Thursday, January 31, 2013

On Scientific Models

Interview with David Stainforth [climate scientist], 7 The Reasoner No. 2 (February [sic] 2, 2013):

KS [Katie Steele]: What is the significance of your emphasis on policy here? Are you saying that you now devote a lot of time to science communication, or, rather, that you approach your work as a climate scientist in a different way, i.e., with an eye to policy relevance?

DS: The latter. The attention to policy has lead to a shift in emphasis in my scientific work—from modelling and running simulations to the proper interpretation of the data output of these model simulations.

In the past I set up and did a lot of runs (simulations) of these large complex climate models called General Circulation Models [GCMs]. This involves a lot of time and a lot of hard work in getting these computer models up and running. . . these simulations are difficult to produce. But I have done my time in this respect. The project that I was involved in is still running, and that’s great, but it is up to others now to facilitate the simulations.

The important issue for me now is this: these climate model simulations produce vast output, and there are so many questions about how to analyse these big data sets. . . In short, what does it all mean? Why run these simulations? We need to really think about what we can get out of these climate models and how the results should be presented. It is tempting to just keep making the models more and more complicated and apparently derive more and more detailed predications [sic] of the type that policy-makers want. Moreover, the power of computers has its own allure. . . such shiny sophisticated machines that seem to offer endless opportunities for fast and powerful problem-solving. . . for the mathematically-minded, there is a temptation to create more and more complicated models. We need to be very careful, however, about faithfully representing what we actually know about the future climate on the basis of model simulations.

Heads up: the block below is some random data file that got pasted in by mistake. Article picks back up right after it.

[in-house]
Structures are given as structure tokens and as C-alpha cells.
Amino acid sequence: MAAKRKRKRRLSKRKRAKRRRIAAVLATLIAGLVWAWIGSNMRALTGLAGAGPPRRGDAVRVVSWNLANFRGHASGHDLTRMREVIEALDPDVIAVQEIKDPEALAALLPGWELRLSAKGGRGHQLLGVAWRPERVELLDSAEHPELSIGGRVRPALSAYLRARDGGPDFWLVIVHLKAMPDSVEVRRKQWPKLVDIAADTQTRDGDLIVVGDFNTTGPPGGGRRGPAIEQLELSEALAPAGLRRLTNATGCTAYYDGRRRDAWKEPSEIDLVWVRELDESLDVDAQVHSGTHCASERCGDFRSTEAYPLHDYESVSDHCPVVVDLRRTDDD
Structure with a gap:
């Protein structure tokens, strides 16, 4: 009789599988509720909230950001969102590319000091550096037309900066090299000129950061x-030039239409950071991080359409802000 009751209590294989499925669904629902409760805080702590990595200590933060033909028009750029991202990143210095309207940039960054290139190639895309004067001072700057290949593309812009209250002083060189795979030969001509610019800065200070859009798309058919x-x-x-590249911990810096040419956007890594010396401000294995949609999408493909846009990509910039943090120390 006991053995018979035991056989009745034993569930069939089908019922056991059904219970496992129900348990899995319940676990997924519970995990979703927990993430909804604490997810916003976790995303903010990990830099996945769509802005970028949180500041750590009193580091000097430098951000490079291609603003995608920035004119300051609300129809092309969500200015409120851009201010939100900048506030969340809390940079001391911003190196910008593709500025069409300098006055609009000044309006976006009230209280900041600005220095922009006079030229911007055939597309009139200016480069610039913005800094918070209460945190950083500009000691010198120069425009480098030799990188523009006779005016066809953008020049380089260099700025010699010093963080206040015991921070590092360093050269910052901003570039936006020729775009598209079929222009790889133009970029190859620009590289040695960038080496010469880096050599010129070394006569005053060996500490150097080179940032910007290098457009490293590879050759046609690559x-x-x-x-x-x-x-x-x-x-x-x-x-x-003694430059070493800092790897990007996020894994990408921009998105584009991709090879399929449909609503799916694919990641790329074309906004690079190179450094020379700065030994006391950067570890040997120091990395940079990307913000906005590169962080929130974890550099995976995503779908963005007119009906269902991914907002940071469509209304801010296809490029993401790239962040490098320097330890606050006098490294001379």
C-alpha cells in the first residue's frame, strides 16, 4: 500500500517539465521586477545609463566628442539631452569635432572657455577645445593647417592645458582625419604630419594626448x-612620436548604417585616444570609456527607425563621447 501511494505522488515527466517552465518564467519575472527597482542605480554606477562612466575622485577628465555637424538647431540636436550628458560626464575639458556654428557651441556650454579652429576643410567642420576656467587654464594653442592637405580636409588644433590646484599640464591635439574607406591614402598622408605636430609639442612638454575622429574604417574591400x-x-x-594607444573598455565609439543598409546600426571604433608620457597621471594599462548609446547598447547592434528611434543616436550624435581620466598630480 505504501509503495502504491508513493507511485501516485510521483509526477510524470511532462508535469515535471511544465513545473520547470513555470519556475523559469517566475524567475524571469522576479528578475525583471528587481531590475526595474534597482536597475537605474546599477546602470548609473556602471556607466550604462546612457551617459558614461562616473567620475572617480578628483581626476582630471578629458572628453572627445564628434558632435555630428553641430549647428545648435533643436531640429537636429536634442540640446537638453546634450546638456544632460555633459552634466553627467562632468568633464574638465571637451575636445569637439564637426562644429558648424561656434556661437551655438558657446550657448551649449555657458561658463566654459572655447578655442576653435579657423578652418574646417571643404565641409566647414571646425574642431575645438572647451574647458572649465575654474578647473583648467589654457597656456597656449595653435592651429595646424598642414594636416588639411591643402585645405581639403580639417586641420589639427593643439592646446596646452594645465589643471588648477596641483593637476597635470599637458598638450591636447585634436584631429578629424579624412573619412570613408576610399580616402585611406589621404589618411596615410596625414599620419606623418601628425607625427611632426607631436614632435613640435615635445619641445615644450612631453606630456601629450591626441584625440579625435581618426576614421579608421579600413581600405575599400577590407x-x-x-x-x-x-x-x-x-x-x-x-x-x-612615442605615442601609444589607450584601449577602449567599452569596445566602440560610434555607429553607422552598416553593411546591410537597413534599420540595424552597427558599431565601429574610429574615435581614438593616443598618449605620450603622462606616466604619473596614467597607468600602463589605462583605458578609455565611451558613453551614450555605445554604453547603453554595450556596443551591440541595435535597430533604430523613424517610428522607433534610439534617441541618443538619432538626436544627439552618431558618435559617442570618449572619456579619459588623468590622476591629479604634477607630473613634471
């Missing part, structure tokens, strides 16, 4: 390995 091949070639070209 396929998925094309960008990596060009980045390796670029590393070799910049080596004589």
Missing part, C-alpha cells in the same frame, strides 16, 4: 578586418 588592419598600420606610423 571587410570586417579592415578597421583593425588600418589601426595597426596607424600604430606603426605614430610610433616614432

KS: I see. So what do you think the models can be used for? Do they yield predictions? Is the ‘pulling back’ just a matter of being more modest about the precision of the predictions that we can derive from climate models? Or should we use climate models in quite a diff erent way altogether?

DS: I think it is best to think of climate models as research tools—they are useful for understanding interactions between diff erent parts of the climate system. Of course, we don’t want to give up on predicting the climate, but we need to be realistic about climate prediction, and in particular, multi-decadal climate prediction, which is of interest to policy-makers. Climate models should be seen as just one of the inputs that allow us to formulate scenarios of how the climate could change in response to diff erent  forcings. [Forcings are external forces that change the dynamics of the system; a prominent forcing is increased carbon dioxide emissions.] We should aim to formulate scenarios that collectively tell us how the climate could change over time, and give us a general indication of the sensitivity of the climate system.